MATERIALS AND METHODS
Viral vectors and production.
A cDNA encoding mouse Lmo2 (National Center for Biotechnology Information reference sequence BC057880.1) was inserted into a mouse stem cell vector containing an internal ribosome entry site–GFP gene reporter (MSCV-IRES-GFP) as previously described (Shou et al., 2006). To facilitate experiments in which p19Arfgfp/gfp cells were used (Sherr, 2004), analogous mCherry vectors were constructed by removing the GFP cassette and replacing it with a cDNA encoding mCherry. A polyclonal population of ecotropic retroviral producer GPE-86 cells was generated for each vector and freshly collected supernatants containing high-titer vector were generated.
The Il7R IL241-242TC and Il7R GCinsL243 vectors have been described previously (Zhang et al., 2012). For production of ecotropic retroviral supernatants, vectors were prepared by transient transfection of vector plasmids and the pMD gagpol and pCAG4-Eco packaging plasmids.
Arf−/− (Kamijo et al., 1997)and Arfgf/gfp mice (Sherr, 2004) are both p19Arf null strains, were all on a backcrossed C57BL/6J background and were provided by C. Sherr (St. Jude Children’s Research Hospital, Memphis, TN). They were used between 8 and 12 wk of age. The experiments in Figs. 1 and 2 used the Arfgf/gfp mice, all the other experiments were done using Arf−/− mice. Female C57BL/6J and Rag2−/− γc−/− mice (Taconic) were used as transplantation recipients. Transgenic mice on a B6 background carrying an enhanced GFP gene whose expression is controlled by the proximal lck promoter (plck-GFP mice) were a gift from T. Nakayama (Chiba University, Chiba, Japan).
All experimental procedures were reviewed and approved by the Institutional Animal Care and Use Committee of St. Jude Children’s Research Hospital.
Thymi were explanted from 4–8-wk-old animals. Whole thymocyte populations were stained with CD4-phycoerythrin (PE) and CD8-PE antibodies (BD), incubated at 4°C, washed with MACS buffer (PBS, 0.5% BSA [Sigma-Aldrich], and 2 mM EDTA), and incubated with anti-PE microbeads (Miltenyi Biotec) for 15 min. Cells washed with MACS buffer were centrifuged and placed on a LS column (Miltenyi Biotec), and unattached CD4−/CD8− cells were collected. An aliquot was analyzed by flow cytometry to ascertain the purity of the “double-negative” thymocyte population.
For transduction with the Lmo2 vector the CD4/CD8-depleted thymocytes were co-cultured for 48 h at a density of 0.5–0.7 × 106 cells/well with irradiated (30 Gy) vector producer cells in α-MEM (Invitrogen) containing 20% FBS, penicillin/streptomycin, glutamine, sodium pyruvate (Invitrogen), and polybrene. After 48 h, thymocytes were removed and plated onto confluent OP9-DL1 stromal cells (gift from J.C. Zuniga-Pflucker, University of Toronto, Toronto, Canada) in 12-well plates in complete medium containing 5 ng/ml each of FLT-3 (R&D Systems) and IL-7 (PeproTech). For the MSCV-IRES-GFP, Il7R-WT, and mutant vectors the cells were plated on OP9-DL1 for 24 h. After 24 h, the cells were transduced with 1 ml of vector supernatant collected from 293T cells, spun at 2,000 RPM for 1 h at room temperature. This was repeated 24 h later. Every 3–5 d, thymocytes were replated onto fresh OP9-DL1 cells. Cells harvested at indicated times were immunophenotyped by flow cytometric analysis.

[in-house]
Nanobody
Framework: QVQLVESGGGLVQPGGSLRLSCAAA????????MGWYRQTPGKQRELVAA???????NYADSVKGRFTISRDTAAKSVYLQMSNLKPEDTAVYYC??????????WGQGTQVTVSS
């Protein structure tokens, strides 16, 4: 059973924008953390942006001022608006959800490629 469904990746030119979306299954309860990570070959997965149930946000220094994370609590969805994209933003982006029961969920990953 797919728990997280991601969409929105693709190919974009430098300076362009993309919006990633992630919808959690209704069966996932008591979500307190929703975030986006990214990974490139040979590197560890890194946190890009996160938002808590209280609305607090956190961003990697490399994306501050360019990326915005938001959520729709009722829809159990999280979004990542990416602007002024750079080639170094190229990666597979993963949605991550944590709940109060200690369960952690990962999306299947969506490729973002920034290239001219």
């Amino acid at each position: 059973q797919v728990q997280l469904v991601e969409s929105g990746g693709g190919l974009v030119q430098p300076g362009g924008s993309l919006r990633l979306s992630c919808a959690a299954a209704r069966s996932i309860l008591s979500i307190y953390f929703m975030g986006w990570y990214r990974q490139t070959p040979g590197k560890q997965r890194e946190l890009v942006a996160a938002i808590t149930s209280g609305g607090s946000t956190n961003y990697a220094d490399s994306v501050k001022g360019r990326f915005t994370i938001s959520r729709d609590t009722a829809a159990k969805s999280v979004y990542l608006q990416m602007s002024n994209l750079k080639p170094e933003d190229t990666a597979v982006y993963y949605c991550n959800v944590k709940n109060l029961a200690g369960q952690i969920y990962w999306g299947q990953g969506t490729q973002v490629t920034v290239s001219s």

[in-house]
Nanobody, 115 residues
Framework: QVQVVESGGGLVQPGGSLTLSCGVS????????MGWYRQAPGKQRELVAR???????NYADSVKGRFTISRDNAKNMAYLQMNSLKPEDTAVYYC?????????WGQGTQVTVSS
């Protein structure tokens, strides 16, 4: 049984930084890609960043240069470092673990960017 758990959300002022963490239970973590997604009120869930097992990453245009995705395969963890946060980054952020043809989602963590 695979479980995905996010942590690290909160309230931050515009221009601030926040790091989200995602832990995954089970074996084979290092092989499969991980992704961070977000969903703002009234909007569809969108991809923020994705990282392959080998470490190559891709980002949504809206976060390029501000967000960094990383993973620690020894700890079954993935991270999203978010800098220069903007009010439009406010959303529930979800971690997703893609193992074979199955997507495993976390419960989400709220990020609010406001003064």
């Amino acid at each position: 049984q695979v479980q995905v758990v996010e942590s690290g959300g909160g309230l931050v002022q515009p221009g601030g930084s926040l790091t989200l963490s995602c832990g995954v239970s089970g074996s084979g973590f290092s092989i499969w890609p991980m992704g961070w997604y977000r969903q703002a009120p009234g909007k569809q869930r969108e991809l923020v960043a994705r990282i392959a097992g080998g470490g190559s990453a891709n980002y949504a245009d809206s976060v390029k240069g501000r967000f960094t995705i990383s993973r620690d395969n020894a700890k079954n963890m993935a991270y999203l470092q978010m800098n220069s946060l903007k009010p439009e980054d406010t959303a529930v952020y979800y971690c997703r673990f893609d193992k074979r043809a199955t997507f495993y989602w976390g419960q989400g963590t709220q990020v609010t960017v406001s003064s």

Thymocyte transplantation and colony forming unit assay.
Vector-transduced thymocytes were removed from OP9-DL1 cultures on day 21 and stained for expression of CD4, CD8, CD44, and CD25 (antibodies from BD). Fluorescence-activated cell sorting was used to isolate vector-positive (mCherry+) CD4/CD8 double-negative, CD44/CD25 DN cells, 105 to 3 × 105 of which were transplanted by tail vein injection into sublethally irradiated (6Gy) female γc−/−Rag2−/− mice.
Lmo2, Arf−/− DN2-sorted thymocytes were plated at 33,000 cells/plate in MethoCult GF M3434 (StemCell Technologies) for myeloid progenitor CFU-C assays. 7 d after plating, primary colonies were counted, pooled, and either DNA was extracted or they were analyzed by flow cytometry.
Immunoblotting and immunohistochemistry.
The M-PER and NE-PER mammalian protein extraction reagents (Thermo Fisher Scientific) were used to prepare lysates from tissues for LMO2, Notch1, and Bcl11b immunoblots together with the Halt protease inhibitor cocktail (Thermo Fisher Scientific). Protein concentration was quantified by the Bradford method (Bio-Rad Laboratories). Samples (30–40 µg protein per lane) were electrophoretically separated on 4–12% Bis-Tris NuPAGE gels (Invitrogen), transferred to polyvinylidene fluoride membranes (Invitrogen), and probed using a goat polyclonal antiserum to LMO2 (R&D Systems) at a 1/500 dilution, a rabbit monoclonal antibody to Notch1 cleaved at val1744 (D3B8; Cell Signaling Technology) at a 1/250 dilution, and a rabbit polyclonal antiserum to Bcl11b at ½,000. The secondary antibodies were either a HRP-conjugated rabbit anti–goat (EMD Millipore) or donkey anti–rabbit (GE Healthcare) used at a dilution of 1/1,000. Antibodies to β-actin (Abcam) were used to control for protein loading.
Immunohistochemistry was done using standard protocols. In brief, slides of 4–6-µm sections were cut from formalin-fixed paraffin-embedded tissues, deparaffinized, and rehydrated, and then epitope retrieval was performed. Slides were probed with a rabbit polyclonal antiserum to GFP (Invitrogen) at a 1/200 dilution, a goat polyclonal antiserum to CD3 (Santa Cruz Biotechnology, Inc.) at a 1/350 dilution, a rabbit monoclonal to RUNX1 (Abcam) at a 1/600 dilution, a goat polyclonal antiserum to GATA-1 at a 1/500 dilution, and a rabbit polyclonal antiserum to Myeloperoxidase (MPO; DAKO) at a 1/1,500 dilution.